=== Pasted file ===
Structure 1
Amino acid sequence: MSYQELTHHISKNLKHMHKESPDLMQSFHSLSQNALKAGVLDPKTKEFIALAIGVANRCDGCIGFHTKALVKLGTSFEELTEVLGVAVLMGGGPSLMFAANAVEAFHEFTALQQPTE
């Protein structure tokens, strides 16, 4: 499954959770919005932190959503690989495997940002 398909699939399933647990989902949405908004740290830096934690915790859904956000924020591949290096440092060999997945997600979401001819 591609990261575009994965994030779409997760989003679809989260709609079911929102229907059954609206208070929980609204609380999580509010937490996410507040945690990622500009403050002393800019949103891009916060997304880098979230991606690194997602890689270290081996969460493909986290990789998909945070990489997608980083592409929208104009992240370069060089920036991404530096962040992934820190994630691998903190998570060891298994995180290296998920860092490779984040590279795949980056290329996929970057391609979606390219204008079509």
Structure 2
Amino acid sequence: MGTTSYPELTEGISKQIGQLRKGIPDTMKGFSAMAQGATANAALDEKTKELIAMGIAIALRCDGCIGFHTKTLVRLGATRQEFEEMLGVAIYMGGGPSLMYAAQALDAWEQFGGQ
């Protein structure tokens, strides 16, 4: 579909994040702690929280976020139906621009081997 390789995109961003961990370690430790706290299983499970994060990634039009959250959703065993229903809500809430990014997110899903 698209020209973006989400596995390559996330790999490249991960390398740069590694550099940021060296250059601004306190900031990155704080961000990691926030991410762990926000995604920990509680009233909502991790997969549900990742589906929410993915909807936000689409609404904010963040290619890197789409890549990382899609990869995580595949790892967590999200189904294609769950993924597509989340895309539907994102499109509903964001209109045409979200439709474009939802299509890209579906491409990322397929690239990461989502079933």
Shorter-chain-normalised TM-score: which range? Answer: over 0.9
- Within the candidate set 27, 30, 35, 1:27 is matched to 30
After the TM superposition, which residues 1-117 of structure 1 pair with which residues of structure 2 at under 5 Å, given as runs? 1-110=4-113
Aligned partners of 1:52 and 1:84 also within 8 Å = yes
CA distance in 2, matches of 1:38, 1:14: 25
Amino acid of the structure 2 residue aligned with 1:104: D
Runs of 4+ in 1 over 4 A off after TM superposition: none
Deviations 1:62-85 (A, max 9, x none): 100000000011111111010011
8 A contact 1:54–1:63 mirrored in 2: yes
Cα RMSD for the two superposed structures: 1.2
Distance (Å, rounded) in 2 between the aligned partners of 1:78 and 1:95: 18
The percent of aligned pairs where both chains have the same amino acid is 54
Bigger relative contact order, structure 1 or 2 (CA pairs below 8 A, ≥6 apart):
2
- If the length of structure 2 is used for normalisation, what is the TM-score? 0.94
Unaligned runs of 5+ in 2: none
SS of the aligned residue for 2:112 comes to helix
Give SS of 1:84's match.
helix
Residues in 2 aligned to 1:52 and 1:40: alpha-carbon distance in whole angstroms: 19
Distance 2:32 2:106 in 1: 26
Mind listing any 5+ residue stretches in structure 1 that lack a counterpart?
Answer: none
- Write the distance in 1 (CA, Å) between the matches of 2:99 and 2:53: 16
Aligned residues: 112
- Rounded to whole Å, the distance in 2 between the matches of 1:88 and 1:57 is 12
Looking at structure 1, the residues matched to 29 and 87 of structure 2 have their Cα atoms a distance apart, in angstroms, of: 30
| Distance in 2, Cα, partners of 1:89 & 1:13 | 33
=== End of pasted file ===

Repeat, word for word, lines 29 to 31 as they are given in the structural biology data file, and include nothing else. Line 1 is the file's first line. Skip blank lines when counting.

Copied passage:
Answer: none
- Write the distance in 1 (CA, Å) between the matches of 2:99 and 2:53: 16
Aligned residues: 112